But eventually Graham did feel much better and we headed to the visitor’s center to get his jr. ranger badge, watch the excellent park movie, and catch a ranger program about squirrels, during which we played a game where the kids acted as “squirrels”, who had to collect “nuts” (poker chips) from “trees” (other program attendees) to take to their “nests” (paper cups hidden in bushes) without being caught by the “hawk” (Brazilian teenager who was not thrilled about participating), and one of the “trees” kept saying to the kids, “Come over here; I’ve got some yummy nuts for you!” and he was an older gentlemen, raspy-voiced, and even in context, what he was saying seemed super creepy. But none of the kids ended up being pulled into an unmarked van and whisked away, so everything was fine, and after the program we headed out to Mather Point to dosey-doe with the other tourists and watch the sun set casting colors into the canyon.

The next day we decided we were all up for a hike, but for no good reason at all, it took us half the day to get ourselves ready to actually do it, and then when we were ready, we had to park lightyears away from the trailhead and walk along the Rim Trail til we reached it. But finally we made it to the trailhead of the South Kaibab Trail, and we started our descent into the Grand Canyon.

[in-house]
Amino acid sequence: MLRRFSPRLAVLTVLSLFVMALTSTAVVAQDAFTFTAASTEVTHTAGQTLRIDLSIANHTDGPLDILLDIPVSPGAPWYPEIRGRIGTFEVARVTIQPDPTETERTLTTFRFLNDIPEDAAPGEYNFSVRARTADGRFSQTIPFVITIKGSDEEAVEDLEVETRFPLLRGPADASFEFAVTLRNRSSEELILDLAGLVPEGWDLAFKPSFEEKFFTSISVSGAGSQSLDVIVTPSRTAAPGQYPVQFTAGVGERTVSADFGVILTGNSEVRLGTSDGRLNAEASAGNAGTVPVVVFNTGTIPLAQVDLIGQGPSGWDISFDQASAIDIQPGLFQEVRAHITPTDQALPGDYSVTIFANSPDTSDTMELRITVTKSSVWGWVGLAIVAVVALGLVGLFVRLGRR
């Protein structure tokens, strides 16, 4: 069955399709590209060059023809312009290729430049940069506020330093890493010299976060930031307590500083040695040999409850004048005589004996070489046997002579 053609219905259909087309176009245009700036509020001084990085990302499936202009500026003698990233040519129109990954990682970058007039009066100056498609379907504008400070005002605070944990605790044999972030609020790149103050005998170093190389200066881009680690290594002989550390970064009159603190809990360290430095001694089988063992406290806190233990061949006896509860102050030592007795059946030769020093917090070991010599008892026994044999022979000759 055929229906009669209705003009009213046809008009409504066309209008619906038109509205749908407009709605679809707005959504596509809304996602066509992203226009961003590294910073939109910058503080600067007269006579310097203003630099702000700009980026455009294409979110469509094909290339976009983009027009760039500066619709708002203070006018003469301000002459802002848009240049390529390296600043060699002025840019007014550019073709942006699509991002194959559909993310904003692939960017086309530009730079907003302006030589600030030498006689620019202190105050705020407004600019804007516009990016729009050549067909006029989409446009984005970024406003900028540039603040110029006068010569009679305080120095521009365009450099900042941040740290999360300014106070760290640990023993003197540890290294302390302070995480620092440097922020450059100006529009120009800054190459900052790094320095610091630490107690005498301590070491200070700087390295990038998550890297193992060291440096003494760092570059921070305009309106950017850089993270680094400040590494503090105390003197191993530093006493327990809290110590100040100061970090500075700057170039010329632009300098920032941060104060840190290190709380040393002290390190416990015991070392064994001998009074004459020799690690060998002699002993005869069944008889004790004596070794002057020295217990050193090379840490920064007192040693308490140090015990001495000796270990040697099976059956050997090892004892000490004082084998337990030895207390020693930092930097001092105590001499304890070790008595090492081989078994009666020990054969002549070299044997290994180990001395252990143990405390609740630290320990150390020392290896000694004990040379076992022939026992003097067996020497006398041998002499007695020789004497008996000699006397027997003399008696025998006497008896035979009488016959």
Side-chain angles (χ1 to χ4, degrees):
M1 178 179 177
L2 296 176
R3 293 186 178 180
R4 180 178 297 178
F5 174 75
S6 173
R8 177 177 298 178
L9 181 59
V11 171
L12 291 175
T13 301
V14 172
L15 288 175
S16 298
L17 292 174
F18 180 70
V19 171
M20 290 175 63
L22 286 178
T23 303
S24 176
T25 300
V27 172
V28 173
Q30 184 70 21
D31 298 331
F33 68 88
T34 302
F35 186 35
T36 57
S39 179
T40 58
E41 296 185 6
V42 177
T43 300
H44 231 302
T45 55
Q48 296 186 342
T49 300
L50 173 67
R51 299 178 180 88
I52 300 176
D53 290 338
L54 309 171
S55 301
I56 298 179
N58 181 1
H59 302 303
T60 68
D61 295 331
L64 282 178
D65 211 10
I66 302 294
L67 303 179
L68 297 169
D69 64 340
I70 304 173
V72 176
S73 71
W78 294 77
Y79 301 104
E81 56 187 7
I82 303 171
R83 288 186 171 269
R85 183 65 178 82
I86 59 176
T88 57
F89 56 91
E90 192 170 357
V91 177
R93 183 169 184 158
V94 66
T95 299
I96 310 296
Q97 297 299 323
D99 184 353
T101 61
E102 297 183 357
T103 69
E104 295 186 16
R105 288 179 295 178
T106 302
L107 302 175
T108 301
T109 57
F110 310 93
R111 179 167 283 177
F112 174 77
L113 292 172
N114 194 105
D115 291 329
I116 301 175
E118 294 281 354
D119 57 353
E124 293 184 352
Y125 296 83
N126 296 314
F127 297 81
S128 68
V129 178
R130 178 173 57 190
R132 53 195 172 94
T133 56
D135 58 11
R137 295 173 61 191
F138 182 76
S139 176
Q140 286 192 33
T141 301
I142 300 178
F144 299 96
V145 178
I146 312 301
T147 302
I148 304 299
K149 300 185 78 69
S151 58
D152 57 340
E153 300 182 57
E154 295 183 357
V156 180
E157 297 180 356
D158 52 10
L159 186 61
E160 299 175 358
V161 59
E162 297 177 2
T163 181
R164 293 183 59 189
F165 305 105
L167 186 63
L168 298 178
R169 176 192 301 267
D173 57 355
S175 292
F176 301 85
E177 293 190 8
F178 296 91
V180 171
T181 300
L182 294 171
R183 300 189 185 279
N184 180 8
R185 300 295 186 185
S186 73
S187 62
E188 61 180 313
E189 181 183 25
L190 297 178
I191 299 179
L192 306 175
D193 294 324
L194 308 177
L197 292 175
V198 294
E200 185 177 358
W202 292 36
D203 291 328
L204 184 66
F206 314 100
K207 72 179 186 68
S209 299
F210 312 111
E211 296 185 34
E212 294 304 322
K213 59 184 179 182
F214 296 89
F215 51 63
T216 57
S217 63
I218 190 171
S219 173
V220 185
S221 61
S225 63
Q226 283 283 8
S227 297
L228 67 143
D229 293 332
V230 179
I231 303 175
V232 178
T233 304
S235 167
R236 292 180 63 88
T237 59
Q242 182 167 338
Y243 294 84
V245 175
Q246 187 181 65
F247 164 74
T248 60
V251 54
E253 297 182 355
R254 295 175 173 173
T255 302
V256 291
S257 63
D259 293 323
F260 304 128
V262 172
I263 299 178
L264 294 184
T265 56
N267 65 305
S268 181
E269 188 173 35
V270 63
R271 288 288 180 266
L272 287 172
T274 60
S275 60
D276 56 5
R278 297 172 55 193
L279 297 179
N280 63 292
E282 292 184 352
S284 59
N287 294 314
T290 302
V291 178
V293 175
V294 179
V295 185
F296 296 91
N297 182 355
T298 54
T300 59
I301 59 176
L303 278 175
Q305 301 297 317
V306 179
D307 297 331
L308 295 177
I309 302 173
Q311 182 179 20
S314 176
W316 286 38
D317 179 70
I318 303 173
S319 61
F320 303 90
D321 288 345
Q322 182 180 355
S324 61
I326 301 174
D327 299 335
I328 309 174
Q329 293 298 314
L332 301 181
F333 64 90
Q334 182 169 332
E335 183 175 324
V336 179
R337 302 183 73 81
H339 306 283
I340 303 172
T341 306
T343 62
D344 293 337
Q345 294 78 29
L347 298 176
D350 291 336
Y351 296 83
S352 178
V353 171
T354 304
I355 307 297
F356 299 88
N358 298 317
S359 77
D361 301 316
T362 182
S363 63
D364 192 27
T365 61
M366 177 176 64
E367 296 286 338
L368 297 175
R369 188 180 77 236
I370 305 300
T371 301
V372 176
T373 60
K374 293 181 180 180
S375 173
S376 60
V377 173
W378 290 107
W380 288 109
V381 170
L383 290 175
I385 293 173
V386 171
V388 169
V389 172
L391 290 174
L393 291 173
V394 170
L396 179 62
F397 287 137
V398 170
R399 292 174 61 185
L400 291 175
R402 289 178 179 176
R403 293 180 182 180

When we were figuring out what to do in this park, we remembered hearing from other people we knew who’d been here and hiked into the canyon, and in every case we thought they’d hiked all the way down to the river and back in a day. Our first day at the park we saw a million signs telling people not to do that, so then we went back to the people we’d thought had done it and they all said, “No, no, I only went to _____” (some other point halfway or less to the bottom), which made us feel better. It also made us feel like no matter how far we hiked down, maybe people would read this and believe we went all the way down and back up, like superheroes, and then forevermore be impressed with us.